Attending a college or university can be a great way to open up new doors in your life. You can make professional connections, explore different career paths and nurture your personal interests all on a single campus. A big problem many students face today, though, is paying for college. As costs continue to rise students find themselves scrambling to cover tuition and fees so they continue working toward their dream. If this sounds like you, don’t worry! There are plenty of ways to pay for school so you can enjoy your classes without worrying about tuition.
Fill Out FAFSA
This is the free application for federal student aid. It’s the federal government’s way of assessing your needs and seeing what it can do to help. Universities and colleges use the information in this form to determine what types of funding you might be eligible for. Things like scholarships, grants and student loans are all determined by your FAFSA. The form is filled out per school year and needs to be renewed each year.
Almost every higher education institution offers its own scholarships, both campus-wide and departmental. These are also the scholarships that everyone else at your school will be applying for. They’re great to get in on or be awarded, but they’re by no means the end of your scholarship opportunities. Plenty of national organizations and large companies offer their own scholarships to college students. Start searching early and you’re likely to find a treasure trove of alternative scholarships that can help you pay for school.
Apply for Grants
Grants, like scholarships, are another type of funding that you don’t have to pay back. There are federal and state grants that you’ll be considered for through filling out your FAFSA. The most popular type of grant is a federal Pell grant, which can cover a significant amount of tuition for qualifying students. States have a variety of grants for certain types of students as well, such as Louisiana’s Go Grant for low-income students returning to school.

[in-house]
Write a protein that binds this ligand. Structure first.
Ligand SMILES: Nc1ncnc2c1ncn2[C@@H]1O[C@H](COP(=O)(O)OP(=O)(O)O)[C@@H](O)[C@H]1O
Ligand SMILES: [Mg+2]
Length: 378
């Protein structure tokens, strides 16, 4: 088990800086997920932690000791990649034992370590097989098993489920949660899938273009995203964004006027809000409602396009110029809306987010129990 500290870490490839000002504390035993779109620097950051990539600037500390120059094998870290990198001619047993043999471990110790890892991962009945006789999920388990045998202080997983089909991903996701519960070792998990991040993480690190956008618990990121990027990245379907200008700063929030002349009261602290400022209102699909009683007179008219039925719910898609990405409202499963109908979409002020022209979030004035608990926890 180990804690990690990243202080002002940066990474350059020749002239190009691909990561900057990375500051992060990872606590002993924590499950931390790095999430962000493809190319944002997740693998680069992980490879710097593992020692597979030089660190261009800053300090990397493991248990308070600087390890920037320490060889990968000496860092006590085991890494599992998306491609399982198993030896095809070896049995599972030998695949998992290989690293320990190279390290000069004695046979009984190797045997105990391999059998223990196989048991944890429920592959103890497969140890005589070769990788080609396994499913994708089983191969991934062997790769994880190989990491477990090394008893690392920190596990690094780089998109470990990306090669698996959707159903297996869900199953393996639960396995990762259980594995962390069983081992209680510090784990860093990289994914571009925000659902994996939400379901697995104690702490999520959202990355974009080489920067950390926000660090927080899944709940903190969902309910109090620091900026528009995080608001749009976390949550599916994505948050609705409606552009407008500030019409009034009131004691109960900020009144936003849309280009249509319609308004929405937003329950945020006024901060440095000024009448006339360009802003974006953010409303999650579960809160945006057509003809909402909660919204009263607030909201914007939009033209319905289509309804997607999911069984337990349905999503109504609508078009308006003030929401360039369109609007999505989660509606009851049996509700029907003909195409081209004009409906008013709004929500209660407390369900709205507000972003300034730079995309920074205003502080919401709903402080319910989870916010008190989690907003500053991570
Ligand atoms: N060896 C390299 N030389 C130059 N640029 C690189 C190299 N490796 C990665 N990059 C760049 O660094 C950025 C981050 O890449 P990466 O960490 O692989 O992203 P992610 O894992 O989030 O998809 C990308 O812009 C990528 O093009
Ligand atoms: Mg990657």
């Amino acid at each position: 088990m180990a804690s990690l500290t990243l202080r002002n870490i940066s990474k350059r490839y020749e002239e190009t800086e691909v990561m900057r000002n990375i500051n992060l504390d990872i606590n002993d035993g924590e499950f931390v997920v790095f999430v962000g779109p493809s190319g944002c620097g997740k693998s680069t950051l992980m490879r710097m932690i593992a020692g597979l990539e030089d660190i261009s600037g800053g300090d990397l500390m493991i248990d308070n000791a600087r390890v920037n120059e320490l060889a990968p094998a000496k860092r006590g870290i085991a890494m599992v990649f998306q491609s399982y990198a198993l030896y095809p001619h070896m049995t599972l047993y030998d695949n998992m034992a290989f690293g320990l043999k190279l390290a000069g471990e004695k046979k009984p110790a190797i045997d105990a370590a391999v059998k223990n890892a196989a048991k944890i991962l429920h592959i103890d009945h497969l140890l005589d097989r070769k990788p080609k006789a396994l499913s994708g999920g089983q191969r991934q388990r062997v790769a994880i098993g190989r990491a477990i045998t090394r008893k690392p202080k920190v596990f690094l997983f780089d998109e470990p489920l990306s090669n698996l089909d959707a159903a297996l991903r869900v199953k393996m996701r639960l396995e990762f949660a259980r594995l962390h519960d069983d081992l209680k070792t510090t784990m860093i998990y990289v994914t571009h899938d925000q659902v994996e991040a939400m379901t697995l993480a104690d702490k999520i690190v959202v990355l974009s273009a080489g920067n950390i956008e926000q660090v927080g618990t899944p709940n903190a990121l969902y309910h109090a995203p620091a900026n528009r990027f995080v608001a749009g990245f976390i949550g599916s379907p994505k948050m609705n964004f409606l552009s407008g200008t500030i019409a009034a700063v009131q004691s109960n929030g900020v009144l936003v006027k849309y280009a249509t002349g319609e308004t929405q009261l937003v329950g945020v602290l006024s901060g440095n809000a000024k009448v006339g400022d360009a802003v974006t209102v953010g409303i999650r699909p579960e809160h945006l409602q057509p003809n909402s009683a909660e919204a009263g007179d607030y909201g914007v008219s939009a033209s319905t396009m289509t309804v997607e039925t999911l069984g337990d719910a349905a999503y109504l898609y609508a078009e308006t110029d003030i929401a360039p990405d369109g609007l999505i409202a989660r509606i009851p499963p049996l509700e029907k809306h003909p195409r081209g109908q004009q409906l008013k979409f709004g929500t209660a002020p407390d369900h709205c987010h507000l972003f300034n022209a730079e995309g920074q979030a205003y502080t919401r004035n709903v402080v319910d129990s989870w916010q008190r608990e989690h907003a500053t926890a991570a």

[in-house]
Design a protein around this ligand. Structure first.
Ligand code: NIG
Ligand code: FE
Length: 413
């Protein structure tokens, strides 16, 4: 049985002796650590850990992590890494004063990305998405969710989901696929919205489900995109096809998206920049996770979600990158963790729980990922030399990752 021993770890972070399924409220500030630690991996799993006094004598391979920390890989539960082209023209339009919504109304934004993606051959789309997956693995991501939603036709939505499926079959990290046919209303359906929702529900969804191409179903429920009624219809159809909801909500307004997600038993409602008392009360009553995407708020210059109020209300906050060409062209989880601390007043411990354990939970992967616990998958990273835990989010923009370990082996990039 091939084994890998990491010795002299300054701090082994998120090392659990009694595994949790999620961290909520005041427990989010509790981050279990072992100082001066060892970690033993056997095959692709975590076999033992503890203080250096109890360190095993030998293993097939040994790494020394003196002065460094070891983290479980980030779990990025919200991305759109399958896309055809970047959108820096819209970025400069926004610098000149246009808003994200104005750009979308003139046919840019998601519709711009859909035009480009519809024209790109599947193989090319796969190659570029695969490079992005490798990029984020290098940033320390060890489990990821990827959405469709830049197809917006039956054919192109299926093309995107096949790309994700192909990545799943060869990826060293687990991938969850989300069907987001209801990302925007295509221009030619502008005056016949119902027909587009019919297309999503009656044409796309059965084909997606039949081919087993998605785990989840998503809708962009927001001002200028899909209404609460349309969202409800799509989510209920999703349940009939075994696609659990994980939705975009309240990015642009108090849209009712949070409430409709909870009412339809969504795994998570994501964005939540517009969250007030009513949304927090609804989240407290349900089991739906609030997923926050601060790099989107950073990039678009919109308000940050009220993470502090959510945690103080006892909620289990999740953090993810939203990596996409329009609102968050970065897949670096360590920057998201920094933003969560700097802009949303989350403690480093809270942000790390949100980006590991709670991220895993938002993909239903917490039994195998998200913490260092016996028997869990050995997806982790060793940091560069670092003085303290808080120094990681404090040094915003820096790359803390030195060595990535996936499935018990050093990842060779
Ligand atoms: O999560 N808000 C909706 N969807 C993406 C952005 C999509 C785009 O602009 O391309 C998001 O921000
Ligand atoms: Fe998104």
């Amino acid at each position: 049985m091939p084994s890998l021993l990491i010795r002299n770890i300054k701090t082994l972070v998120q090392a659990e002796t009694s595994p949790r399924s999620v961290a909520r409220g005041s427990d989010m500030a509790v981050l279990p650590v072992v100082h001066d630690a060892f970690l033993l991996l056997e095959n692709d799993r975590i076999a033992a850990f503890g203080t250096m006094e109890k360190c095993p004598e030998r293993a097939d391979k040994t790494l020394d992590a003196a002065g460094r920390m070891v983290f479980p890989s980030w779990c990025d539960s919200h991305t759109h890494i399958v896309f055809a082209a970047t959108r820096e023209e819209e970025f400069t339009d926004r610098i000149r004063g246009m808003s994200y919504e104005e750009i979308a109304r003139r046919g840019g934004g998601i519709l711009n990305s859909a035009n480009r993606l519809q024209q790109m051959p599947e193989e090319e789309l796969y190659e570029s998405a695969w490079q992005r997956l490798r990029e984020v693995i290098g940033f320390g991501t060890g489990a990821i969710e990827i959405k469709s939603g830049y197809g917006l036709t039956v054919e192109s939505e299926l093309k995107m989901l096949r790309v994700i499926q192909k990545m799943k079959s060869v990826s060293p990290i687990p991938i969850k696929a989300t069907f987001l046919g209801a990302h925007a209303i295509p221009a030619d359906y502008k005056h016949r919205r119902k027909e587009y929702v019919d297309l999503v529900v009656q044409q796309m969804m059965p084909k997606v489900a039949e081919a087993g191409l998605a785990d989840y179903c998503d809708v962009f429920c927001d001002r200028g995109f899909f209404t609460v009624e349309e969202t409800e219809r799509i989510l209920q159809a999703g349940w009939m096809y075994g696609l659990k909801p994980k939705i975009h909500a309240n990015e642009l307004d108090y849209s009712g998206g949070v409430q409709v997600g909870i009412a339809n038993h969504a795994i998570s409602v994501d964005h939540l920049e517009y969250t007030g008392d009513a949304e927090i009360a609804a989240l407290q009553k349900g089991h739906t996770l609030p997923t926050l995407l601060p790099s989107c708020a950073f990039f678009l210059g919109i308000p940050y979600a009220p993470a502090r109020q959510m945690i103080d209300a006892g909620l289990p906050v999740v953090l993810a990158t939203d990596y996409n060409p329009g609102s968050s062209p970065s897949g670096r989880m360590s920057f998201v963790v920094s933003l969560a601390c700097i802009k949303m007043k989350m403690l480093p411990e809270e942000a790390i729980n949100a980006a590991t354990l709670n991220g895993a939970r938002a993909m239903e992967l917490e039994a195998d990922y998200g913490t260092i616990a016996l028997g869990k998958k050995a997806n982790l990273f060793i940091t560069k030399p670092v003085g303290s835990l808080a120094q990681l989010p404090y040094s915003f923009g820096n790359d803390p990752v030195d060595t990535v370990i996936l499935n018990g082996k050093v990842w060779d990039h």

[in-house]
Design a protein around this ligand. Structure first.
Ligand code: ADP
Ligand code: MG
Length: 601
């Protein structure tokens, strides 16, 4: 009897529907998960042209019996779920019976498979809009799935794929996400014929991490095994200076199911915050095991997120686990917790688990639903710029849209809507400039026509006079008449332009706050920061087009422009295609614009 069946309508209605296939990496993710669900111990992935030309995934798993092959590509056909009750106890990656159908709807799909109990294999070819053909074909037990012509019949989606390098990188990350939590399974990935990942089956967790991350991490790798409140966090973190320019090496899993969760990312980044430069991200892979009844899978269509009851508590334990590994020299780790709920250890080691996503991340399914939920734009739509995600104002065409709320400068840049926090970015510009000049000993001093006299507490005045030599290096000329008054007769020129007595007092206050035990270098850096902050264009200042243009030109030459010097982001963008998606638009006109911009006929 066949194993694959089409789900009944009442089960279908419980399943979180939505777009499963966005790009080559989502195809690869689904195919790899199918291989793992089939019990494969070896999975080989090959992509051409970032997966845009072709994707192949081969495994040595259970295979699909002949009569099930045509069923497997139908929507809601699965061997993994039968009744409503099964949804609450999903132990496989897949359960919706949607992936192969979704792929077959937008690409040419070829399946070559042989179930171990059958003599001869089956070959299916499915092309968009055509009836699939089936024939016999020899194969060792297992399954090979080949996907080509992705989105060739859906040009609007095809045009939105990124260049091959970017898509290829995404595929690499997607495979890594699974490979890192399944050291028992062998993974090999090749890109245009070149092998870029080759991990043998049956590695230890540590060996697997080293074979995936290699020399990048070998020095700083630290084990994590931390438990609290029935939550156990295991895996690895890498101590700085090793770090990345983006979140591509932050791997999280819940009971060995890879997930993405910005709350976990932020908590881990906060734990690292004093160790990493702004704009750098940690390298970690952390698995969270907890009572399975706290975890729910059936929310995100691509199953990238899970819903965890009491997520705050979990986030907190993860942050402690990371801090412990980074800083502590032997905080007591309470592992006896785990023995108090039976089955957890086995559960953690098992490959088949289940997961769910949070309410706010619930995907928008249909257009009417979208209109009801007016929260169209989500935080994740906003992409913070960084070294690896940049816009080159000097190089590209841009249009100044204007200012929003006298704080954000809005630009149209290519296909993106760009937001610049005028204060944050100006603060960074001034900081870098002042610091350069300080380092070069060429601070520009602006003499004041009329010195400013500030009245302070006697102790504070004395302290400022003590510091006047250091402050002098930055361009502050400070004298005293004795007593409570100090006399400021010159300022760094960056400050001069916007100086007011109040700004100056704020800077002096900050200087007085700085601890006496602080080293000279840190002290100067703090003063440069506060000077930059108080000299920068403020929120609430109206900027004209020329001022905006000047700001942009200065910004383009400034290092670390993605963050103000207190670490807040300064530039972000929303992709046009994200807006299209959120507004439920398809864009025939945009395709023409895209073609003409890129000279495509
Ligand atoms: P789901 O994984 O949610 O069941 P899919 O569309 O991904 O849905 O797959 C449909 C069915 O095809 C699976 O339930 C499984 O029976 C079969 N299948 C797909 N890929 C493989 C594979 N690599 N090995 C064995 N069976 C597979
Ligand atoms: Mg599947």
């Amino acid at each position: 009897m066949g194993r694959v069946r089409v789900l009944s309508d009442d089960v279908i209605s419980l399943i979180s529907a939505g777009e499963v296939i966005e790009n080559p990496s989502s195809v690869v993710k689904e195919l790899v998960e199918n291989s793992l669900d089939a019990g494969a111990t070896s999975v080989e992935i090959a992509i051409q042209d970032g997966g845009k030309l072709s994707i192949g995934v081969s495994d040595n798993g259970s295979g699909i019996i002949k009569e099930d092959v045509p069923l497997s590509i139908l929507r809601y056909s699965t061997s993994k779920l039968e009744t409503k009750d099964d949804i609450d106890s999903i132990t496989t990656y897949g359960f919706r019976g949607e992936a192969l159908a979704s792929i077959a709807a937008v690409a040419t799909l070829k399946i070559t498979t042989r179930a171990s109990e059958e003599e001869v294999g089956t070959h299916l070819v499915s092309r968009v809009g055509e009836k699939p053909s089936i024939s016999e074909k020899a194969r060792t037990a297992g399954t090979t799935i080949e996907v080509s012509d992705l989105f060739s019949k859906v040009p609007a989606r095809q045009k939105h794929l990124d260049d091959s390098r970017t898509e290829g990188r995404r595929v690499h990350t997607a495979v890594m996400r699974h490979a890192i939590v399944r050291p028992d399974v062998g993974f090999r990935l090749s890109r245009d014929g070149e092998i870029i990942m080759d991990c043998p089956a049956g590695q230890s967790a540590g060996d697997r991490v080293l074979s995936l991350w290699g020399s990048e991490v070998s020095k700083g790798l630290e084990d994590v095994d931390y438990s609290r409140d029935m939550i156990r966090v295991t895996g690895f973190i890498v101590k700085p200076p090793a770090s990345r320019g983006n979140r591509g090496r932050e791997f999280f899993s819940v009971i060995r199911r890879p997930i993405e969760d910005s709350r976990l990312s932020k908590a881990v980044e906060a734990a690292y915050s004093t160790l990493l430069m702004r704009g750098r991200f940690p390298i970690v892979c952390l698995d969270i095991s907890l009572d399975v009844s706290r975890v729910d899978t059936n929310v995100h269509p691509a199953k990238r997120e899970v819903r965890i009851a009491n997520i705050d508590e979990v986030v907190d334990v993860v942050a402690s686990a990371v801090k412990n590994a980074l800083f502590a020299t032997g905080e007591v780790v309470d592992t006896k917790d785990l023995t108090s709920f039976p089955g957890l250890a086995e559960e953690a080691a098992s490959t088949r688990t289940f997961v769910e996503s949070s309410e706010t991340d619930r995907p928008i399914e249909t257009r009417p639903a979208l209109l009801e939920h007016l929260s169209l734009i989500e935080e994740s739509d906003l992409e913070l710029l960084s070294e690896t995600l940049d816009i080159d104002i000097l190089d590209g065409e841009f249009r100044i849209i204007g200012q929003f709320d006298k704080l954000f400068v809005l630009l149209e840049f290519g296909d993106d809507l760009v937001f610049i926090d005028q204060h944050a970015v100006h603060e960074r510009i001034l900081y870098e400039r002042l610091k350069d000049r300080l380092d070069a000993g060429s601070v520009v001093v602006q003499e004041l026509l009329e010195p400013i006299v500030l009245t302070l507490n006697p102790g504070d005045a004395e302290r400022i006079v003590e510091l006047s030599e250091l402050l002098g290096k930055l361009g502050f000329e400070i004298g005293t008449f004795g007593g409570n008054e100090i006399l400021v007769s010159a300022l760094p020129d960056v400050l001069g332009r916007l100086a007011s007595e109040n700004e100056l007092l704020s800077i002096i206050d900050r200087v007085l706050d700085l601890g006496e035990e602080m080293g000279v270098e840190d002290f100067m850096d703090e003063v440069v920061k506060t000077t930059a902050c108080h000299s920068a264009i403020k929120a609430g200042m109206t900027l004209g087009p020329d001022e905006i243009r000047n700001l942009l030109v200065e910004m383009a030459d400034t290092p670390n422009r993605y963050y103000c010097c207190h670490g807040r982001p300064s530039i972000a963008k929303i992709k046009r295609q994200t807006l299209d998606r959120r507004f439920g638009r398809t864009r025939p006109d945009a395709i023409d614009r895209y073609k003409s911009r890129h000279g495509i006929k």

Get a Work-Study Job
Plenty of students work their way through school, but some lucky ones get to work at their school. Work-study jobs are especially helpful because they often come with some type of tuition remission or exemption (in extremely lucky scenarios). The university or college pays you to hold a position on its staff and as an added bonus it also discounts your tuition. These jobs are typically offered through certain departments, so check with your school to see which areas offer work-study jobs.
Tapping into Your Savings
No one wants to pay out of pocket for their education, but sometimes it’s a reality you have to face. Saving for college throughout high school or in the years before you plan to attend can help you satisfy tuition requirements without having to work extra shifts and worry about missing a payment. A good rule of thumb is to have two years’ worth of tuition and fees saved before you start and a solid savings plan to keep yourself funded throughout your education.
Choosing an Affordable School
Wouldn’t everyone love to attend an Ivy League school? Although your dream school might have the best program in the country or be in a beautiful area, college is also a time where you have to get real about your financial ability. Setting your sights on a school that’s above your budget will likely set you up for disappointment. Choose a school that’s affordable on its own and also offers lots of funding opportunities. If your state offers scholarships for in-state students, look at schools that honor those programs. Some universities even have legacy scholarships available for students whose parents and grandparents attended as well.
Paying for college can seem impossible, but there are lots of ways to find the money to finance your dreams. Fill out your FAFSA, look for scholarships, grants and work-study jobs, make sure your savings account is in order and find an affordable school. Don’t forget to protect your investment in college with tuition insurance!
BIO: Brett Clawson has a degree in Business Management and has started a couple of small businesses. When he’s not focusing his time on those, he spends time with his wife and two sons. His oldest son has entered the wonderful realm of college, and he now enjoys sharing tips that he and his son have found essential for college life.